India may lose the opportunity to emerge as a global hub for data analytics if the proposal to weaken legal safeguards given to technology intermediaries, including cloud companies, are finalized, Microsoft India managing director Anant Maheshwari said.
Many in the technology industry have raised concerns over the amendments that India has proposed to the Information Technology Act’s Intermediary Guidelines, covering law enforcement cooperation on data, takedown requests and traceability of messages. Even though the rules are targeted at social media platforms, the government has included all technology intermediaries including cloud firms under their scope. If proposals such as making intermediaries subject to orders issued by state or central governments without any judicial overview are implemented, they have warned, that would hurt the county’s efforts to attract investments in emerging areas like data analytics.
Union minister for electronics & IT Ravi Shankar Prasad said on Wednesday that India should become a data analytics hub. “The minister said he expects India to be the hub of data analytics in the world and we (India) would like everybody to send their data to India and work with all the data in India,” Maheshwari said at an ET roundtable on the sidelines of the Nasscom Technology and Leadership Forum. “Now, if you have a debate like that where (there is concern that) every state official can do anything with that data, you ask yourself why would somebody send their data to India.”
In their response to the government proposals, Nasscom and Amazon Web Services (AWS) had said the intermediary rules must apply only to social media companies and not to technology intermediaries such as cloud platforms and the IT and business process management sectors. AWS said such intermediaries under the current proposals would have to bear the cost of complying with provisions that don’t apply to them.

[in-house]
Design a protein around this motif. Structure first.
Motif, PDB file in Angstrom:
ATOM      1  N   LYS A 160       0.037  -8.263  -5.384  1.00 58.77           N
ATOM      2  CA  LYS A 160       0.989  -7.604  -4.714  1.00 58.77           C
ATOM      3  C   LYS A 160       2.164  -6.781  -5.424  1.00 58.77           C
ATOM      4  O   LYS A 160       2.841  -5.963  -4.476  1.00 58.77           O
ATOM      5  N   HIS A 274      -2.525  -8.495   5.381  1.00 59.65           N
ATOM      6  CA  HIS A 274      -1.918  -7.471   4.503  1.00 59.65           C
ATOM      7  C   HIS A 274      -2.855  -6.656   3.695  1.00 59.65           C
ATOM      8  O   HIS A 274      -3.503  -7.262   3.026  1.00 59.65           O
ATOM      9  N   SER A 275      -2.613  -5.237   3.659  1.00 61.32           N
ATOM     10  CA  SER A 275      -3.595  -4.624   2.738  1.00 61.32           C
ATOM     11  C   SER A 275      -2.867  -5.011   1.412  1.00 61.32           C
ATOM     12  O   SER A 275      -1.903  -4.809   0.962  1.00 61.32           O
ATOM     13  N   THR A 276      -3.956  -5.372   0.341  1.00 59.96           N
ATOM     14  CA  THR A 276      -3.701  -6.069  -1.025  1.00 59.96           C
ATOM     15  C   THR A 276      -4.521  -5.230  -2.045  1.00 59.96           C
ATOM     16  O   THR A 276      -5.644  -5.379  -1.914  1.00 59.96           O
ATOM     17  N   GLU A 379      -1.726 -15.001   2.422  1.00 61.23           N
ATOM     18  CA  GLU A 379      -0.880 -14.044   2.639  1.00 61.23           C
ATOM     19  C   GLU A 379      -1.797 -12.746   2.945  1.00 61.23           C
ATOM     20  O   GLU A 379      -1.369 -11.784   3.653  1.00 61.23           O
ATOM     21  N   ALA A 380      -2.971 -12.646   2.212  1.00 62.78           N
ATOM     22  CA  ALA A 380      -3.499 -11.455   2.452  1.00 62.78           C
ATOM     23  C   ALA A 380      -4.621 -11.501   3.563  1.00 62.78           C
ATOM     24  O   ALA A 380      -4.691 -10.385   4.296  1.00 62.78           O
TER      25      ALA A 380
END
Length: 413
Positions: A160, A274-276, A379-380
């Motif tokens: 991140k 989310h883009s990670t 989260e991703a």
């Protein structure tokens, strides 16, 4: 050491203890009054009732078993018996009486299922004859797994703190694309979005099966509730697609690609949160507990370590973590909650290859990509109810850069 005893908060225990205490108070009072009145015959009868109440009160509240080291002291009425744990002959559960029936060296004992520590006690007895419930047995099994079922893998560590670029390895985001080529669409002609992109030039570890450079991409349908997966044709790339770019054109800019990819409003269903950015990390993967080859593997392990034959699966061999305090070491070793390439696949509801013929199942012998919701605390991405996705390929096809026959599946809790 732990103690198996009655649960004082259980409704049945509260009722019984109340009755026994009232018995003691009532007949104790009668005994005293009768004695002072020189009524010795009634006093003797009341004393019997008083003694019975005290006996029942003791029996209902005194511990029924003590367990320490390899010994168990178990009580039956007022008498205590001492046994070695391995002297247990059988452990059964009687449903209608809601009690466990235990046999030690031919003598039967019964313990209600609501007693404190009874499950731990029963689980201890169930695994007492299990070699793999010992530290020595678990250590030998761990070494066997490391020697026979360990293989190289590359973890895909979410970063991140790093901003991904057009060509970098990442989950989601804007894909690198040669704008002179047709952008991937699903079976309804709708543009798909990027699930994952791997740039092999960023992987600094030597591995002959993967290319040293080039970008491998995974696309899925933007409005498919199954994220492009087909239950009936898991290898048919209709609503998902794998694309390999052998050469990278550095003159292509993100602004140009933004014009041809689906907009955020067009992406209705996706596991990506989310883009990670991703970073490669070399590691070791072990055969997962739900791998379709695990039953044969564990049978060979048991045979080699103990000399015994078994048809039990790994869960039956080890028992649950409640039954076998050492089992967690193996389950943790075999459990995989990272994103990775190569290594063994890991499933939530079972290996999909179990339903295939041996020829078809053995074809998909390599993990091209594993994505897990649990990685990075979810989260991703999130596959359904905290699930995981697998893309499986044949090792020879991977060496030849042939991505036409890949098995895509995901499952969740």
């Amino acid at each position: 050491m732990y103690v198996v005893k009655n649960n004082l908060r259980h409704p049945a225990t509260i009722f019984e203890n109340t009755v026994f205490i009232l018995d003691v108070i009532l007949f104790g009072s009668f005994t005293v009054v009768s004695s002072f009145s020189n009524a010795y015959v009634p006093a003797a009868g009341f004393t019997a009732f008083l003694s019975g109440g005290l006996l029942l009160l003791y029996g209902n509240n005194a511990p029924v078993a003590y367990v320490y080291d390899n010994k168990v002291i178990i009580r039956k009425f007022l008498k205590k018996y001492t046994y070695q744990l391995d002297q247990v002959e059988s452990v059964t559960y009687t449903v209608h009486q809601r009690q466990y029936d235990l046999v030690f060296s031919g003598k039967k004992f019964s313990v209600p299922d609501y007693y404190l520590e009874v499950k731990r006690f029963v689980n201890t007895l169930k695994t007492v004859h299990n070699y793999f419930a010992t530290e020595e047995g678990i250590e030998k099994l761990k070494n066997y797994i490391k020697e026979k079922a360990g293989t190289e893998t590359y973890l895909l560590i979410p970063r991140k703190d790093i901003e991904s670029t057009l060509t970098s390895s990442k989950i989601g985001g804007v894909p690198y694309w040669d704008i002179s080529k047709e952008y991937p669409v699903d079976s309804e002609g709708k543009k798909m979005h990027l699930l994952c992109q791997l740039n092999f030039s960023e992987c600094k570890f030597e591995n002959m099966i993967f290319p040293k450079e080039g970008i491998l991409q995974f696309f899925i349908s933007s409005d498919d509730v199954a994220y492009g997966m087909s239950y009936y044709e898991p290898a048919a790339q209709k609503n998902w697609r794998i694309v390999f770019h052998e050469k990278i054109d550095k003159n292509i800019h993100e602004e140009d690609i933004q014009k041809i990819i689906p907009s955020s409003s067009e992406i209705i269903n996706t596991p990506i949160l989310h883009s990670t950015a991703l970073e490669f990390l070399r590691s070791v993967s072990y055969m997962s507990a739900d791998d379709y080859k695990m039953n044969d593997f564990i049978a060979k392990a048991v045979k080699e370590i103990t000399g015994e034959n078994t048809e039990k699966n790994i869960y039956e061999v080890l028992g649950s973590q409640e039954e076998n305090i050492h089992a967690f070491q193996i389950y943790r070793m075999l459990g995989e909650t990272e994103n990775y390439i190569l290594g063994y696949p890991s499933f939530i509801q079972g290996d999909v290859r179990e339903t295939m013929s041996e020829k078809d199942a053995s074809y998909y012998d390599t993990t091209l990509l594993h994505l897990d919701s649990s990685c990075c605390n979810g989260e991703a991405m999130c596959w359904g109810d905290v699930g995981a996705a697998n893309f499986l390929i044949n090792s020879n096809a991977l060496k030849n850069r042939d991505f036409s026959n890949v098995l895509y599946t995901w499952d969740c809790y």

Wipro’s chief strategy officer and Nasscom chairman Rishad Premji said the technology policy should not be framed factoring in the cases with a handful of companies (which do harm) as it might end up stifling innovation in the rest. “The two — trust and safety — are very different components. The debate I think is worth having is whether self-regulation or very strong, overt regulation is required. We have to be very thoughtful about it and not do something in haste,” Premji said. Infosys called for talks among stakeholders for an effective law. “We have to probably have a conversation with the regulators…and probably make it practical and so there is a need for dialogue between regulators, industry, government, the whole community,” chief operating officer Pravin Rao said. Conversations around technology policy are complex but one must remember that globalization depends on the cross-border flow of information, he added.